Was there a point where you made the decision to pursue standup as a career?

Nah. I kind of resigned myself to the fact that I was going to make money doing whatever kind of crap during the day. I didn’t have much of a career focus in my life – I just wanted to have fun and have an outlet for things, and that’s what music was earlier on, then comedy came in and sort of streamlined all that. So I figured it could be a great outlet, and once I tried it, it was this new puzzle to figure out.

When you started doing standup regularly, did you find it hard to balance it with your day jobs?

No, because I live my life – I mean I guess it’s kind of lazy – but I live my life to maximize the most fun out of it. I’ve always worked jobs that don’t take my mind away from me. I’ve always just worked however many jobs I needed to let my pursuits remain untainted, whether that be comedy or music. I’ll do the crappy job that makes me physically tired, but mentally, it can’t wear me out to the point where I don’t want to write jokes.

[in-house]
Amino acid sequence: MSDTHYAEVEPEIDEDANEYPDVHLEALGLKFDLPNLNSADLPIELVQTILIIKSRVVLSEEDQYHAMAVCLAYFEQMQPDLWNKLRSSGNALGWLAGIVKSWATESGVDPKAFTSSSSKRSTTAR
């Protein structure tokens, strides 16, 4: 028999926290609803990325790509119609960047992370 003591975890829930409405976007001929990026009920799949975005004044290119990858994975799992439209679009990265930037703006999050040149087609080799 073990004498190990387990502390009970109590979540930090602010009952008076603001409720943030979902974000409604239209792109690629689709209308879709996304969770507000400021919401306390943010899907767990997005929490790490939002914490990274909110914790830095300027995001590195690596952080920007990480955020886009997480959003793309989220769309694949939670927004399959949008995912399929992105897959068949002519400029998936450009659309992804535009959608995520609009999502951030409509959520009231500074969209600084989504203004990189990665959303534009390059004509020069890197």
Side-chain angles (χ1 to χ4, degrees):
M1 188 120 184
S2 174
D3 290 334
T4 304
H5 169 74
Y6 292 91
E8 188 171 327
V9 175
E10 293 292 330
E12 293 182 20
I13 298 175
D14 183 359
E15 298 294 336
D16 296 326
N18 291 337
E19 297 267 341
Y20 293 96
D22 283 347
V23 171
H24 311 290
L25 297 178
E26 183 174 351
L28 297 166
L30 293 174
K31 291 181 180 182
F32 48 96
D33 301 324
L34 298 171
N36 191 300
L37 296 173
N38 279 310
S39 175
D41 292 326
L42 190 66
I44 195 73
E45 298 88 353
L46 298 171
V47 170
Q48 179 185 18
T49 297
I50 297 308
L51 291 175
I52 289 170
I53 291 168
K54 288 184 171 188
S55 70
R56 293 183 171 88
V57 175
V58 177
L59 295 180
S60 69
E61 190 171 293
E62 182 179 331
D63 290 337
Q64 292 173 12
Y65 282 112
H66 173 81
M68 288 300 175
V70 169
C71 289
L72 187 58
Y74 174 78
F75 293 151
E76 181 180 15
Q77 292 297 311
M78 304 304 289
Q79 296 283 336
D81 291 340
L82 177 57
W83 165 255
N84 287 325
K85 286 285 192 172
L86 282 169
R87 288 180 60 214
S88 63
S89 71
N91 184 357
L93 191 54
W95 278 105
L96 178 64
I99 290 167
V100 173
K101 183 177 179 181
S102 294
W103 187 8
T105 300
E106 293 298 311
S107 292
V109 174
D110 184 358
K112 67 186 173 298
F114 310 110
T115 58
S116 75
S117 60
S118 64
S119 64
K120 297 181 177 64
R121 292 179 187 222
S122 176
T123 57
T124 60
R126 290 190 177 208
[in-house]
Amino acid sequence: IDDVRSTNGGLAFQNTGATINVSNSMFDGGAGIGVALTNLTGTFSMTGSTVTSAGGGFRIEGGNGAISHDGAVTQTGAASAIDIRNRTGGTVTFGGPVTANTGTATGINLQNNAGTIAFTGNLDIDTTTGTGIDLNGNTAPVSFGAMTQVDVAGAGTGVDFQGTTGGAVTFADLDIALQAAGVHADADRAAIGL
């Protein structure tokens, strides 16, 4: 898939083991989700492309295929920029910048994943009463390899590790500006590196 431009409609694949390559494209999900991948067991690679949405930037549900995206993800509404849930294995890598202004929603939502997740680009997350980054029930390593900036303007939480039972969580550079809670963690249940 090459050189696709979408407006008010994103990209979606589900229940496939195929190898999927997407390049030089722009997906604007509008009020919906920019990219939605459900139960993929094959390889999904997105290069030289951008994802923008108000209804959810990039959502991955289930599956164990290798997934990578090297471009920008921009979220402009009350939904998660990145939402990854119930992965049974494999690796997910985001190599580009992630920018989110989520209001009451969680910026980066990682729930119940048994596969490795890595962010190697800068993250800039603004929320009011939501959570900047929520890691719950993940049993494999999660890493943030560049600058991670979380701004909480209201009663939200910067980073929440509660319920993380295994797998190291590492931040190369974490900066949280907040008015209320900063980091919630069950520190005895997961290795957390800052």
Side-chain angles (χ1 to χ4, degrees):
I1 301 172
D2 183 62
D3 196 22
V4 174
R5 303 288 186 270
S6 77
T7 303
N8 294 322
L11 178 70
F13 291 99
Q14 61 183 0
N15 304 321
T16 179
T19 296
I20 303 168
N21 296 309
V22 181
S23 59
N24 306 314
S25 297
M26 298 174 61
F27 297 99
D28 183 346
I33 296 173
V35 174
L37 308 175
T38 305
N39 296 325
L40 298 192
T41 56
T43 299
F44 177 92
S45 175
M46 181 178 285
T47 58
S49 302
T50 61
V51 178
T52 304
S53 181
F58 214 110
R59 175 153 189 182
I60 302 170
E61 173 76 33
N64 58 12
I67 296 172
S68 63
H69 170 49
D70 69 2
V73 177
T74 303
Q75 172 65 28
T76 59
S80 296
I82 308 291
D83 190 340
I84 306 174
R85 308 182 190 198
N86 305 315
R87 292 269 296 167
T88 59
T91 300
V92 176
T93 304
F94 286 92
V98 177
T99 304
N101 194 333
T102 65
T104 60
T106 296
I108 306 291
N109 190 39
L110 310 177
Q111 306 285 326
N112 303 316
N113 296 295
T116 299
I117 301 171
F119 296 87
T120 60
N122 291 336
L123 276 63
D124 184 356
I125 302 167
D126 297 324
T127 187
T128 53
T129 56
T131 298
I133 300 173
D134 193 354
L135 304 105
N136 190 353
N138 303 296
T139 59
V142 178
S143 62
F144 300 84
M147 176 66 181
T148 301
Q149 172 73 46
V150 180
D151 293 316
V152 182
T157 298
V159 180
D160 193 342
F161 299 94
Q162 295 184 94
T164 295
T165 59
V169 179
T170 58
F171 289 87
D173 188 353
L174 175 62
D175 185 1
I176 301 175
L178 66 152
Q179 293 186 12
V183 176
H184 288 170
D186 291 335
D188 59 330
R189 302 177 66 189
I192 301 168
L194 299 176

So you’re pretty indifferent about working a 9-5 job.

Yeah, I’d probably still be somebody working at a gas station if comedy hadn’t gone anywhere. The last job I had was doing closed captioning for television. But yeah, nothing that required many qualifications. I would’ve probably been on the lower end of the pay scale for the rest of my life – and happy. That’s the thing; I’d do comedy for free just because I wanted it to be this pure thing. I didn’t want to try and make a living off comedy but then have to change my act or deal with babysitting drunks.

So you’ve never looked at “going full-time” as a specific goal?

That’s my version of quality control – if people want me to do standup I’ll find out, but I’m not going to force myself onto the world. When people just start they’re like “Oh, there’s no way I’m working a day job” then make fifty bucks hosting an awful comedy gig – I didn’t.

But isn’t there still a certain amount of effort you had to put into it?